Noel Malcolm, senior research fellow at All Souls College Oxford, is a polyglot and polymath. Skillful with sources in Albanian, Romanian, Serbian, modern Turkish, Italian, and other languages, he is probably best known for books produced during the Balkan wars of the 1990s, Bosnia: A Short History (1994) and Kosovo: A Short History (1999). He has published definitive editions of the writings of Thomas Hobbes and was knighted in 2014.
His latest—Agents of Empire—a highly engaging (if complex) work began in obscure circumstances and deals with arcane matters. Still, Malcolm is gifted in moving from the microcosm to the macrocosm, and his survey of competing European and Eurasian dominions more than four centuries agoRead more
It seems time is running out for the main protagonist in a quarter-century-long saga involving radical Islam and hyper-humanitarianism, extending from Iraqi Kurdistan to Norway. A U.S.-designated terrorist group, Ansar al-Islam (Volunteers of Islam) is prominent in the Syria and Iraq fighting, reportedly with Saudi backing, as an opponent of both the Bashar al-Assad regime and the so-called “Islamic State" (ISIS). Ansar al-Islam has been led by a figure notorious in Iraqi Kurdistan, Mullah Krekar, whose real name seems to be Najmuddin Faraj Ahmad, and whose current age is 59.
An exponent of extreme Wahhabism, Mullah Krekar appeared in Iraqi Kurdistan in the late 1980s, before the autonomous zone was under WesternRead more
Nigeria, once known only as Africa's most populous country, now mainly makes headlines for the eruption in its northeast of the brutal jihadist force, Boko Haram ("Western education is prohibited"). Boko Haram has occupied parts of Nigeria and invaded neighbors, including Niger, Cameroon, and Chad. It declares itself a West African province of the so-called Islamic State (ISIS).
The four countries attacked by Boko Haram and another Muslim-majority state, Benin, have formed a coalition against it, with support from the United Nations, the United States, Britain, and France. But resistance to the jihadis has been weak.Read more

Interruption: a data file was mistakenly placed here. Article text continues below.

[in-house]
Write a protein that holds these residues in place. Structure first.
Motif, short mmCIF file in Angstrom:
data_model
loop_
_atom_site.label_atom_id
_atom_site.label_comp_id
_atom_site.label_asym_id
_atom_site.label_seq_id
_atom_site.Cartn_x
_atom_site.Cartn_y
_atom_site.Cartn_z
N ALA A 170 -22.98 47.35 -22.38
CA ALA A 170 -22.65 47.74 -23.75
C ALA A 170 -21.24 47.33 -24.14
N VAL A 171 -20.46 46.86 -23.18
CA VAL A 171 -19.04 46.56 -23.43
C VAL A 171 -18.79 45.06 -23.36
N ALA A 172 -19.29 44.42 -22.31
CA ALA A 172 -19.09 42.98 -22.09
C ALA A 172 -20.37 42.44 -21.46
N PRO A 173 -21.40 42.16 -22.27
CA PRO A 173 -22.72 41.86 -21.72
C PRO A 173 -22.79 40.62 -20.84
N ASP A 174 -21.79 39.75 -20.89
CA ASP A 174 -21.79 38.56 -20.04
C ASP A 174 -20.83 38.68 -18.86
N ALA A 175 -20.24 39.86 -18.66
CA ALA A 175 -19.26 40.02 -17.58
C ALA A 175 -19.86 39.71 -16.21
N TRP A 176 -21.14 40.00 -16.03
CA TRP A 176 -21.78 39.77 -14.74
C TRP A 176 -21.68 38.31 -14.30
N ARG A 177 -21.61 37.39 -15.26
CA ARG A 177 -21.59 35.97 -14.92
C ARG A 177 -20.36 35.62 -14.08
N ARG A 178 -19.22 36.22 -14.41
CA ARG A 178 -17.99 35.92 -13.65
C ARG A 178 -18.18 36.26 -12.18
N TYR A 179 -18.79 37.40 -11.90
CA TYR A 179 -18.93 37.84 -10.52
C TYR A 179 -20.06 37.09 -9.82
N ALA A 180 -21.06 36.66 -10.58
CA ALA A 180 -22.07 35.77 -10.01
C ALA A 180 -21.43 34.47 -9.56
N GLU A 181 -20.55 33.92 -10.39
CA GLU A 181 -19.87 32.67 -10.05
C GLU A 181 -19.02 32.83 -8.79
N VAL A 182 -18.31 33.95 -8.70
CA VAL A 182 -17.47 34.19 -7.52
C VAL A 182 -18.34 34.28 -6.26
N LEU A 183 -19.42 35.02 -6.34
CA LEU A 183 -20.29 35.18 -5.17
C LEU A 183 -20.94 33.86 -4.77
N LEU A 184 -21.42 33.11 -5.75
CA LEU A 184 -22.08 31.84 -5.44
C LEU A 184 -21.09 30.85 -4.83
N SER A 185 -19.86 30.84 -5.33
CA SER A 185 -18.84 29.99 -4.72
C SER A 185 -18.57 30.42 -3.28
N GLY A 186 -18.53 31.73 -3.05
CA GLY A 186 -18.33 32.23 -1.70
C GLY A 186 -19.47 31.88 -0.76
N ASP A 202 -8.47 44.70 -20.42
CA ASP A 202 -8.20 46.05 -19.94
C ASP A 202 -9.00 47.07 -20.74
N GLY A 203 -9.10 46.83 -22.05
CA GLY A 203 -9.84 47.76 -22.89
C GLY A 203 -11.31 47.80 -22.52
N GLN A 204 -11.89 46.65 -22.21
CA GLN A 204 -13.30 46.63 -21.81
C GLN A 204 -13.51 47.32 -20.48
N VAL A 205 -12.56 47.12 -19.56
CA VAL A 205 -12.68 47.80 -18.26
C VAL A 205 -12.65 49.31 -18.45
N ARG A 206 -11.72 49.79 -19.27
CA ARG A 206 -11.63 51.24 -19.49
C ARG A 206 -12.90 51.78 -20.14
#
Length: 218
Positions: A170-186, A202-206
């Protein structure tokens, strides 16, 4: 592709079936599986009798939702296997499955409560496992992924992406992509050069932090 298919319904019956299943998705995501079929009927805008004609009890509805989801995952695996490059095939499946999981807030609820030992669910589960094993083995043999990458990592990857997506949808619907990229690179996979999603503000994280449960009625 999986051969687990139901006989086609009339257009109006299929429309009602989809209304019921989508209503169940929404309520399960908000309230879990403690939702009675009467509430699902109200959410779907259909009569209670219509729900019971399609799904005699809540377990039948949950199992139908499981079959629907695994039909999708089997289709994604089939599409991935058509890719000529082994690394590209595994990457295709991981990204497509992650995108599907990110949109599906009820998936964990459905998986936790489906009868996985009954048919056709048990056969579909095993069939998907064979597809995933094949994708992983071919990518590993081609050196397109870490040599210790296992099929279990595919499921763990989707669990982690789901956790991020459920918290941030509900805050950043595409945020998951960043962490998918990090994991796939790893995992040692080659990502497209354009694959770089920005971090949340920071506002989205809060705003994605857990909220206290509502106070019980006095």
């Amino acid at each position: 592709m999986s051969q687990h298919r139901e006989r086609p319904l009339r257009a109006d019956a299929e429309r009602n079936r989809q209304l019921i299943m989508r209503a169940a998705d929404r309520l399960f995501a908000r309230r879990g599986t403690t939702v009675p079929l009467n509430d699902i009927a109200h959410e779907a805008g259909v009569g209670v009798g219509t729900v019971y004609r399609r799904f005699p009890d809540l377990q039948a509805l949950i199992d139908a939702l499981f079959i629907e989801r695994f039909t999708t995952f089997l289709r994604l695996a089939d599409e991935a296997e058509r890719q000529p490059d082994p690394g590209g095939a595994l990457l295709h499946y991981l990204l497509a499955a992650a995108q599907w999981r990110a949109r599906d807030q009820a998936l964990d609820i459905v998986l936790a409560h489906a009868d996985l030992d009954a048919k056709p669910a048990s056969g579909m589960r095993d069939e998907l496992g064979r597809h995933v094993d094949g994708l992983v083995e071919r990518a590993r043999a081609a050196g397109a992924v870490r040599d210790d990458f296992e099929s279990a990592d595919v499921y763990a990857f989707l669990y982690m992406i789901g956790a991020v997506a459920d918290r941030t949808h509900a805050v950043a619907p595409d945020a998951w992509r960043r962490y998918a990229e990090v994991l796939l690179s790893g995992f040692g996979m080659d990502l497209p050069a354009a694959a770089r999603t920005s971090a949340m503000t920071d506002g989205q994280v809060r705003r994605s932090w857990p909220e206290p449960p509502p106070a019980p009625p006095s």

On Saturday, December 12, the kingdom of Saudi Arabia held local elections. Polling covered 343 constituencies, according to the Jidda-based Arab News. It was the third recent Saudi municipal balloting, following votes in 2005 and 2011. The 2005 election was the first since 1965, after 40 years.
The process this year was notable mainly in its inclusion, for the first time, of women as candidates and voters. According to BBC News, some 6,000 male candidates and almost 1,000 women competed for 2,100 seats. The Saudi ministry of municipal and rural affairs will appoint 1,050 more councilors, a third of the total. The ministry announced that voting had been supervised by 35,000 workers at 1,296 polling places. The age ofRead more
On October 11, the London Independent newspaper revived charges first made last year, by United Nations officials in Iraq, that the Islamic State (ISIS) has called for female genital mutilation (FGM) to be forced on women and girls living in the city of Mosul. ISIS seized Mosul in June 2014 and, almost immediately, reports were heard that the atrocious practice was being imposed.
ISIS itself and various experts dismissed the reports as fabricated, but they were countered by local people in Mosul and Kurdish advocates, who insist the demand is a genuine product of the fanatical "caliphate."